The format at Pebble Beach calls for the players to play three different courses for the first three days - Pebble Beach, Poppy Hills and Spyglass Hill. And one of the best players to have success when events are played on multiple courses is Davis Love. Four times in his career Love has won playing in this type of format, including twice here. He held off Singh for his first win in this event in 2001 and then battled Tom Lehman for a victory two years later. In all, he has six career top-10 showings at Pebble Beach.
The results from the first two trips Mike Weir made to Pebble Beach were fruitless, a pair of missed cuts. The last four trips you ask? A tie for third, a tie for fourth, a runner-up and another tie for third last year. The 2003 Masters champion is most certainly due to finally get into the winner's circle. The three courses are some of the shortest the players face all year which brings it into the short-hitting Weir's wheelhouse.
A long-time resident of California, and a former winner of the California State Amateur Championship as well as a First-team All-American at Cal, Charlie Wi should feel quite comfortable at Pebble. Though his last name has gotten him some unwanted attention due to its close association to a certain Hawaiian teenager, Wi has had a couple of quality starts to his season with a T-32 at the FBR and a top-10 at the Buick. It should be noted that he is working with the same coaches as newly crowned champion Aaron Baddeley.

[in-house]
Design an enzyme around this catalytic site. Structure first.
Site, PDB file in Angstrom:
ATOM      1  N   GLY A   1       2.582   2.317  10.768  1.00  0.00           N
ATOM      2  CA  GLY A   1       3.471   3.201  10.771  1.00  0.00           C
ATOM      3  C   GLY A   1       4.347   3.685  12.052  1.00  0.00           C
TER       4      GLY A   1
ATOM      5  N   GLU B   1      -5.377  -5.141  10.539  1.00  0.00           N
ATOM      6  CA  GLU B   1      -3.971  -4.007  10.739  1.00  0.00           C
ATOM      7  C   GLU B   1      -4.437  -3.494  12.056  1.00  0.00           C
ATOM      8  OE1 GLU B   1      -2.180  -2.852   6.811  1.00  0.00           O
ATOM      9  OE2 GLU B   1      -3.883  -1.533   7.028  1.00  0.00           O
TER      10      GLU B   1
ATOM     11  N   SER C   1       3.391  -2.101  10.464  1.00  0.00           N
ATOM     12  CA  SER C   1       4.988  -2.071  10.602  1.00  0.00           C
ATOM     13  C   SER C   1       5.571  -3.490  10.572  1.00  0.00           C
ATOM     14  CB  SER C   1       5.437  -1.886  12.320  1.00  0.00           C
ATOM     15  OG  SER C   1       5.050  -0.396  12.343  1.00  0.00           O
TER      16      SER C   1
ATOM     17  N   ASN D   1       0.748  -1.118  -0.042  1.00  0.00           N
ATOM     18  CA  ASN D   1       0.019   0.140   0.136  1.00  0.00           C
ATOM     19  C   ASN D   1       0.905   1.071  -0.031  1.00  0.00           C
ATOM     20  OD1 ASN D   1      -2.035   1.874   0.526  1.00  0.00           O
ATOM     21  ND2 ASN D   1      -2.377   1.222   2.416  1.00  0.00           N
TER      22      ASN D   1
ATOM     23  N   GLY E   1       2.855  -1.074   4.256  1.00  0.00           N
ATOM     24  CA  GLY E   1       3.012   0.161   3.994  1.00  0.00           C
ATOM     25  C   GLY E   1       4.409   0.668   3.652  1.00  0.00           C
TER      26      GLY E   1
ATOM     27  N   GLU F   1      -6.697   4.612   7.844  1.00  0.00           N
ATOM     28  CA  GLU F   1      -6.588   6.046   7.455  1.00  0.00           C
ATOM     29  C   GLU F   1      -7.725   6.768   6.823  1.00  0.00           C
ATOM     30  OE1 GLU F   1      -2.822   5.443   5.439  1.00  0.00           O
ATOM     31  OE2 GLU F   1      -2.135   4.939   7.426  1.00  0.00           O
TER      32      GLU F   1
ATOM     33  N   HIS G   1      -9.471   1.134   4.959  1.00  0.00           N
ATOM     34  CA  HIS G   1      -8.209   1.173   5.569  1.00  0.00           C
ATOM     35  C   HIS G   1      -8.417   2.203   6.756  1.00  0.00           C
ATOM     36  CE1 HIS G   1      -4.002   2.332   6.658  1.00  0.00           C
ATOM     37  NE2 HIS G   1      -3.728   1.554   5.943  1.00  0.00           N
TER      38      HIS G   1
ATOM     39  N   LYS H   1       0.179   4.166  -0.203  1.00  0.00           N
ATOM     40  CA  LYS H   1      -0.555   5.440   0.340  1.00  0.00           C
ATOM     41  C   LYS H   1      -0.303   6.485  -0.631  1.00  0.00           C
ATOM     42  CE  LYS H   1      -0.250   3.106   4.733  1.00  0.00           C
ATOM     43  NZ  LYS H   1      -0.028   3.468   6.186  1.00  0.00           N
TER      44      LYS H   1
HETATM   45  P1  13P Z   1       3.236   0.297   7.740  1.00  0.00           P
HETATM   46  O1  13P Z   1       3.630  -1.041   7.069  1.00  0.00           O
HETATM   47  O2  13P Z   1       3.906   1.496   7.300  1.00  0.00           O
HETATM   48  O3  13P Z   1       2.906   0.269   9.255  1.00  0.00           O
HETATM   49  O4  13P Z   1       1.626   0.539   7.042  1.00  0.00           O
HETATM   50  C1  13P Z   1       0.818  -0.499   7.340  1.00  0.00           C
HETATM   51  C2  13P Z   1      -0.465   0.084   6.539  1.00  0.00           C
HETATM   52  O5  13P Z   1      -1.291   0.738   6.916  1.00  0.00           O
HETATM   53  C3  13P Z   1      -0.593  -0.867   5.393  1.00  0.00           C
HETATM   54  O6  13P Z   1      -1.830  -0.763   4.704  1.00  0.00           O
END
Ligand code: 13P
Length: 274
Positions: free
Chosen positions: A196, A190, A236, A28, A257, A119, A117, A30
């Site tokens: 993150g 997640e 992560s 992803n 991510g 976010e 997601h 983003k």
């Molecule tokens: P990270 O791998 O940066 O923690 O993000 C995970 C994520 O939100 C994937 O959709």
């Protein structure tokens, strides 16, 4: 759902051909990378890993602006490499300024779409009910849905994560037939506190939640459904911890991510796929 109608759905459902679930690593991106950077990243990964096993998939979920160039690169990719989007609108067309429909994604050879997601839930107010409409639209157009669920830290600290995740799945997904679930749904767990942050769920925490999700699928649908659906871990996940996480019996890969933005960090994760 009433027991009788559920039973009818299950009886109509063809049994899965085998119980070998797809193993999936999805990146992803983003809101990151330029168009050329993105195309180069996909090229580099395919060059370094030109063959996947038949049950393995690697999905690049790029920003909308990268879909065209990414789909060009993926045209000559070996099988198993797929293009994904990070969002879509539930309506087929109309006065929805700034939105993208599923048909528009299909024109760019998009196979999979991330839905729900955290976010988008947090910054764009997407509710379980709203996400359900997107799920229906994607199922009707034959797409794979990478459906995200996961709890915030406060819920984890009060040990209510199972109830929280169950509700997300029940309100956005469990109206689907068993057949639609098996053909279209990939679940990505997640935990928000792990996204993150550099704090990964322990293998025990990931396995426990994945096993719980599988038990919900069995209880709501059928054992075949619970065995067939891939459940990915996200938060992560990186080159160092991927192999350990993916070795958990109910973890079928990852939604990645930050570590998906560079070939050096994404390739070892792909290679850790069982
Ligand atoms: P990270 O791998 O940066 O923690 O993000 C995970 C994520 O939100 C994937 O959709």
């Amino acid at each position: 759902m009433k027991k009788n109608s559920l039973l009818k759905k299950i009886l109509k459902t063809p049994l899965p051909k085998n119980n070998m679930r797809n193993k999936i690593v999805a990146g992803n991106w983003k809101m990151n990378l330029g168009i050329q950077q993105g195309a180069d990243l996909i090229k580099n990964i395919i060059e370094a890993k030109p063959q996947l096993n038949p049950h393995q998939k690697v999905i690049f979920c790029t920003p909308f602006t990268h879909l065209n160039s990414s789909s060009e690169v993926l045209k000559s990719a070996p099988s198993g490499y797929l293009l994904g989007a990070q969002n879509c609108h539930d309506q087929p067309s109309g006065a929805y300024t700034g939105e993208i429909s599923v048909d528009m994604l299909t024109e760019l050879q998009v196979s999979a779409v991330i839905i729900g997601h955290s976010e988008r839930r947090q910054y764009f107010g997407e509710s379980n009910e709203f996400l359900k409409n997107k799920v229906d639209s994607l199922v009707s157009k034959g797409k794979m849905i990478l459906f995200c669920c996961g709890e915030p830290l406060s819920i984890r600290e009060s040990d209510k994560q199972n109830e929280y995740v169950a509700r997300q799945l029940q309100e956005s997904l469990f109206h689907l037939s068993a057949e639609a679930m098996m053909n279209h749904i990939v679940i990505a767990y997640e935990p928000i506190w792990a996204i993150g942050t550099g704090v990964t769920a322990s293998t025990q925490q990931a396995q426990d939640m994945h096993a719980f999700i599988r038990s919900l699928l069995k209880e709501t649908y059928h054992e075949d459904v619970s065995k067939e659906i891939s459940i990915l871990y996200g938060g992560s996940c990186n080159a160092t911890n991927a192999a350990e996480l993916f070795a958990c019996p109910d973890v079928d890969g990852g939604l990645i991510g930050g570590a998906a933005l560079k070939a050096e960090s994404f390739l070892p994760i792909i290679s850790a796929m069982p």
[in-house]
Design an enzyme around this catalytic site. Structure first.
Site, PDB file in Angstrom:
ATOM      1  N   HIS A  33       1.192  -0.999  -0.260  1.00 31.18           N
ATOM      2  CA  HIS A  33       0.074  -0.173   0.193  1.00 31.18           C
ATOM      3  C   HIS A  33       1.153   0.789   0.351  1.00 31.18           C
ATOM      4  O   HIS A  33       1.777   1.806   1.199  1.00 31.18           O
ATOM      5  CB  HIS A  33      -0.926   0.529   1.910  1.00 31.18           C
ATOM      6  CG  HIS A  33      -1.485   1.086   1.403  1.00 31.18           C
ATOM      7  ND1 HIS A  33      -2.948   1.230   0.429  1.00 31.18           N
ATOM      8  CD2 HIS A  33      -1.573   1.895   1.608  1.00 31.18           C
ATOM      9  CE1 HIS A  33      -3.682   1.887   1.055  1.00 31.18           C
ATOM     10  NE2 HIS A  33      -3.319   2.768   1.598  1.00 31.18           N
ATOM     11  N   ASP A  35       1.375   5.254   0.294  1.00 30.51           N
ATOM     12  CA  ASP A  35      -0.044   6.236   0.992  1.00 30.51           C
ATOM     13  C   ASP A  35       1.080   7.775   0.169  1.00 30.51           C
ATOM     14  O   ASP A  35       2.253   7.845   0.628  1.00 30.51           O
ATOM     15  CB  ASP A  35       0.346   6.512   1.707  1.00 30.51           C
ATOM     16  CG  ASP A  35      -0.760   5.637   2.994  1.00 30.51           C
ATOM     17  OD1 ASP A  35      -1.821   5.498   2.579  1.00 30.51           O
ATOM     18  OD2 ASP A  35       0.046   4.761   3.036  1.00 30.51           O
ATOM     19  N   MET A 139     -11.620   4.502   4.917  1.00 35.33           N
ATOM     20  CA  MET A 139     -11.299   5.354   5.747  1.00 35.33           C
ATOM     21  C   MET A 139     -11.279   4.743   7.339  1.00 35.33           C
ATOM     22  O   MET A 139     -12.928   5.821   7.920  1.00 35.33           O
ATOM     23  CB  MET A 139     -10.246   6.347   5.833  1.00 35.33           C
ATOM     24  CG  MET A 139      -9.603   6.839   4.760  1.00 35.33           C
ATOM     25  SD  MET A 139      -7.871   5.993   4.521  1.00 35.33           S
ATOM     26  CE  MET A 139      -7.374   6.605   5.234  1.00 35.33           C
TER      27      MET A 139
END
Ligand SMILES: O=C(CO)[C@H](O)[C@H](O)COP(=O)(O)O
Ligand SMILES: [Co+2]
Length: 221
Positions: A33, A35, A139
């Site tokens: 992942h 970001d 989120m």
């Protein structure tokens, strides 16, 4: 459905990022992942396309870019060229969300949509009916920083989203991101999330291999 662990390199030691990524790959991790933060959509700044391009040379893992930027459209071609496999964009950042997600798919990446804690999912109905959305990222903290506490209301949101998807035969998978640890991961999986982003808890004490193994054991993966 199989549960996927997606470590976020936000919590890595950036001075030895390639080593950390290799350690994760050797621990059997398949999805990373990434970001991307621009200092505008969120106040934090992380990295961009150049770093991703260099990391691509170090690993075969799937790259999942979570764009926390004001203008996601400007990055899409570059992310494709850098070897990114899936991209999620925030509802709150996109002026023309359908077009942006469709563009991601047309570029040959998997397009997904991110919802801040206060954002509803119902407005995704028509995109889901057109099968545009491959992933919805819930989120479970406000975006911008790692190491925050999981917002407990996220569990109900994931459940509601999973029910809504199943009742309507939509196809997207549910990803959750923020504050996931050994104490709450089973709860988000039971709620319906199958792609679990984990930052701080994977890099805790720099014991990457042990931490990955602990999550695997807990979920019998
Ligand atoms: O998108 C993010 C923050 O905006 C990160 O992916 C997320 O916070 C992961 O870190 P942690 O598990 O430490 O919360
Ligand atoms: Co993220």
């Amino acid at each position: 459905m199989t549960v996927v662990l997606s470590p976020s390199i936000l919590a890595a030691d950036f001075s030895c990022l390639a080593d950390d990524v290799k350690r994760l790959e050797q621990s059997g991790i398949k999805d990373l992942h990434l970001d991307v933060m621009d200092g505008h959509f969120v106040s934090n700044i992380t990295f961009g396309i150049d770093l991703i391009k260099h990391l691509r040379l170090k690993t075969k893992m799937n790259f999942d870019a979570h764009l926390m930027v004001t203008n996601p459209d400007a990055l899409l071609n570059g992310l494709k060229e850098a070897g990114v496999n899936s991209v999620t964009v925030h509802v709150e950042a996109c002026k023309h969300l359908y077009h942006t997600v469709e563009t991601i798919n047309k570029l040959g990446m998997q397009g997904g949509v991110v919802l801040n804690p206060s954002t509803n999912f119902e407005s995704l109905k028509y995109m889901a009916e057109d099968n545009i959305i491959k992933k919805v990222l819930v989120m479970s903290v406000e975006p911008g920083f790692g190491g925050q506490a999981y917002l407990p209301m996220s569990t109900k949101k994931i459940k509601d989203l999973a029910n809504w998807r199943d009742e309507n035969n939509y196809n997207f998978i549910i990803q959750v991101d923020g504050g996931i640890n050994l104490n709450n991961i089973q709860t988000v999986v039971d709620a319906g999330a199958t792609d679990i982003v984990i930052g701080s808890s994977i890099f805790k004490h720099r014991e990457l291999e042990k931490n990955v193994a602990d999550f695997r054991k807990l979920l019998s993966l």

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    Watch: Daly makes birdie from 18-foot-deep bunker

    By Golf Channel DigitalJanuary 19, 2018, 11:14 pm

    John Daly on Friday somehow got up and down for birdie from the deepest bunker on the PGA Tour.

    The sand to the left of the green on the 16th hole at the Stadium Course at PGA West sits 18 feet below the surface of the green.

    That proved no problem for Daly, who cleared the lip three times taller than he is and then rolled in a 26-footer.

    He fared just slightly better than former Speaker of the House, Tip O'Neill.

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    Koepka (wrist) likely out until the Masters

    By Ryan LavnerJanuary 19, 2018, 9:08 pm

    Defending U.S. Open champion Brooks Koepka is expected to miss at least the next two months because of a torn tendon in his left wrist.

    Koepka, who suffered a partially torn Extensor Carpi Ulnaris (ECU), is hoping to return in time for the Masters.

    In a statement released by his management company, Koepka said that doctors are unsure when the injury occurred but that he first felt discomfort at the Hero World Challenge, where he finished last in the 18-man event. Playing through pain, he also finished last at the Tournament of Champions, after which he underwent a second MRI that revealed the tear.

    Koepka is expected to miss the next eight to 12 weeks.